Dash'd down his comrade. So, unmoved he stood,
The sire of Guendolen, that daring man,
Corineus; grappling with his monstrous foe,
He the brute vastness held aloft and bore,
And headlong hurl'd, all shatter'd, to the sea,
Down from the rock's high summit, since that day
Him, hugest of the giants, chronicling,
Called Langoemagog.
The Maid of Arc
Bounds o'er the bridge, and to the wind unfurls
Her hallowed banner. At that welcome sight
A general shout of acclamation rose,
And loud, as when the tempest-tossing forest
Roars to the roaring wind; then terror seiz'd
The garrison; and fired anew with hope,
The fierce assailants to their prize rush on
Resistless. Vainly do their English foes
Hurl there their beams, and stones, and javelins,
And fire-brands; fearless in the escalade,
Firm mount the French, and now upon the wall
Wage equal battle.
Burning at the sight
With indignation, Glacidas beheld
His troops fly scattered; fast on every side
The foes up-rushing eager to their spoil;
The holy standard waving; and the Maid
Fierce in pursuit. "Speed but this arrow, Heaven!"
The chief exclaim'd, "and I shall fall content."
So saying, he his sharpest quarrel chose,
And fix'd the bow-string, and against the Maid
Levelling, let loose: her arm was rais'd on high
To smite a fugitive; he glanced aside,
Shunning her deadly stroke, and thus receiv'd
The chieftain's arrow: through his ribs it pass'd,
And cleft that vessel, whence the purer blood,
Through many a branching channel, o'er the frame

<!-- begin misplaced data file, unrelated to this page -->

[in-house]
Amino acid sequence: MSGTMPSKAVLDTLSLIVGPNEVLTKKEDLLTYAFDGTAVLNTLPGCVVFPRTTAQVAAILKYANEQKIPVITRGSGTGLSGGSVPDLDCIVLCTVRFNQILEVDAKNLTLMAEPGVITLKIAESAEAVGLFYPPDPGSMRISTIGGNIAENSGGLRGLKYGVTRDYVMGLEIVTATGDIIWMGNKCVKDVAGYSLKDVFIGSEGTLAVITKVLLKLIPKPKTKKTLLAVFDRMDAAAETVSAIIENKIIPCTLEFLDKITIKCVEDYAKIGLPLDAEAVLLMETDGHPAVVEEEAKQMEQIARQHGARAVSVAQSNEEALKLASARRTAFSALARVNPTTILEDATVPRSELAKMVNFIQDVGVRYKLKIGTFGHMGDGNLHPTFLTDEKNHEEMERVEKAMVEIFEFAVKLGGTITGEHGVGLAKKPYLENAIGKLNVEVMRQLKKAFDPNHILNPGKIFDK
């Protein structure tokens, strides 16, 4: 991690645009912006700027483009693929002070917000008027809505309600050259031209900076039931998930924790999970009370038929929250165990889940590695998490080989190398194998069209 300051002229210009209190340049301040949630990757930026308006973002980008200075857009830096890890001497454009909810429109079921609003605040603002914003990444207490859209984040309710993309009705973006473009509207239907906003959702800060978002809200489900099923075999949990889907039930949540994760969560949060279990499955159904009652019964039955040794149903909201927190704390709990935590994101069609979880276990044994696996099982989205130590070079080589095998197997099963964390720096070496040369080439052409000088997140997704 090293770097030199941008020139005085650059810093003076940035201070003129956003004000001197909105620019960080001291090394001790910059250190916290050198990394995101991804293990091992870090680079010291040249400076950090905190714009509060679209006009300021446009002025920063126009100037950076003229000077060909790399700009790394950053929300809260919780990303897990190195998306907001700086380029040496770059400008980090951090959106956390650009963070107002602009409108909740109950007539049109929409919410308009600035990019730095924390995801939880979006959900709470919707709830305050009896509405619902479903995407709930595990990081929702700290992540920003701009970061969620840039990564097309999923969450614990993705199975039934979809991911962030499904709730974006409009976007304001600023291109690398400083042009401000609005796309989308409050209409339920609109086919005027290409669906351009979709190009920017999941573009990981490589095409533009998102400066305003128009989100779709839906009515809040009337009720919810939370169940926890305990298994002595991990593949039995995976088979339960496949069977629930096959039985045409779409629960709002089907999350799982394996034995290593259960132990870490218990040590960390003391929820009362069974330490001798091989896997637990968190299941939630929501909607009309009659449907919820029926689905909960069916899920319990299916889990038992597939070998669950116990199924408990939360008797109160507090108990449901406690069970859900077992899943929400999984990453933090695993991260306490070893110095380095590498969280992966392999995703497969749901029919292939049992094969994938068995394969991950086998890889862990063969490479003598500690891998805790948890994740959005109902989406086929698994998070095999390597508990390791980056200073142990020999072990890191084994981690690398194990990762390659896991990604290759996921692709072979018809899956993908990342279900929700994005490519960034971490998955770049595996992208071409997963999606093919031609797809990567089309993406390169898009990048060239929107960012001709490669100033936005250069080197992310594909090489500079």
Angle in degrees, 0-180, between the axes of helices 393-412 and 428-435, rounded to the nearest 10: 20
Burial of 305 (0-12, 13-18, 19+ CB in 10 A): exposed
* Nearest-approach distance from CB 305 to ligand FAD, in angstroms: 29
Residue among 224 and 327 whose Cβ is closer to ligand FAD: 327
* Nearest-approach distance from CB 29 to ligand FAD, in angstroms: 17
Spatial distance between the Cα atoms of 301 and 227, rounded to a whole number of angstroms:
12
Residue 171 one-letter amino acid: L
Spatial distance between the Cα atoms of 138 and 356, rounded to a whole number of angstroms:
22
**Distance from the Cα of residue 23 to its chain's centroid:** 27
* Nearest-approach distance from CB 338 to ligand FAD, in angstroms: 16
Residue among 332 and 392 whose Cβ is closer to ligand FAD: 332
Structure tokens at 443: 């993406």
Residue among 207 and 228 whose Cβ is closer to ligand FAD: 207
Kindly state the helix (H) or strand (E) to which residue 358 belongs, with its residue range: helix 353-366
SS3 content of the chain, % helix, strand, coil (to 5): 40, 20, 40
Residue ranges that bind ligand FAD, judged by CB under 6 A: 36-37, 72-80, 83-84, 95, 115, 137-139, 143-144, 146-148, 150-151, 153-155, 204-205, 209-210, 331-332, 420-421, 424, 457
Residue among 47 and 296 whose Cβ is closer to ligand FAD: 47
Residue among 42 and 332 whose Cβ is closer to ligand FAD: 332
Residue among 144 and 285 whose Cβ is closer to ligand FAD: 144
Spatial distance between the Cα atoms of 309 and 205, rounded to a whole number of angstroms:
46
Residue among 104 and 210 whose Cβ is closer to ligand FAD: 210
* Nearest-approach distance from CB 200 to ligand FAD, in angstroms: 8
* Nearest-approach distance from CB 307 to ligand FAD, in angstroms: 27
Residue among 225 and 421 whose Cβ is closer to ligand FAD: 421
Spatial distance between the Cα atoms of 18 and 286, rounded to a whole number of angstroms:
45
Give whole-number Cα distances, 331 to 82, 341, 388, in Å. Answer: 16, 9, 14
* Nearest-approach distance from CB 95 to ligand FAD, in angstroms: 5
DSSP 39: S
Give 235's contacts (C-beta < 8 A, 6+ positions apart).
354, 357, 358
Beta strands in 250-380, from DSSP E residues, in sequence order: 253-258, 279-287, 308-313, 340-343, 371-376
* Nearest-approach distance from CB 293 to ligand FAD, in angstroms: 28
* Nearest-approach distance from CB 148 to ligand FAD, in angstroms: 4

Meanders.
"Fool!" the enraged chief exclaim'd,
"Would she had slain thee! thou hast lived too long."
Again he aim'd his arbalist: the string
Struck forceful: swift the erring arrow sped,
Guiltless of blood, for lightly o'er the court
Bounded the warrior Virgin. Glacidas
Levelled his bow again; the fated shaft
Fled true, and difficultly through the mail
Pierced to her neck, and tinged its point with blood.
"She bleeds! She bleeds!" exulting cried the chief;
"The sorceress bleeds! Nor all her hellish arts
Can charm my arrows from their destined course."
Ill-fated man! In vain, with murderous hand
Placing thy feathered quarrel in its groove,
Dream'st thou of JOAN subdued! She from her neck
Plucking the shaft unterrified, exclaim'd:
"This is a favour! Frenchmen, let us on!
Escape they cannot from the hand of God!"
But Conrade, rolling round his angry eyes,
Beheld the English chieftain as he aim'd
Again the bow: with rapid step he strode;
Nor did not Glacidas the Frank perceive:
At him he drew the string: the powerless dart
Fell blunted from his buckler. Fierce he came
And lifting high his ponderous battle-axe,
Full on his shoulder drove the furious stroke
Deep-buried in his bosom: prone he fell;
The cold air rushed upon his heaving heart.
One whose low lineage gave no second name
Was Glacidas, a gallant man, and still
His memory in the records of the foe
Survives.
And now disheartened at his death
The vanquish'd English fly towards the gate,
Seeking the inner court, as yet in hope
Again to dare the siege, and with their friends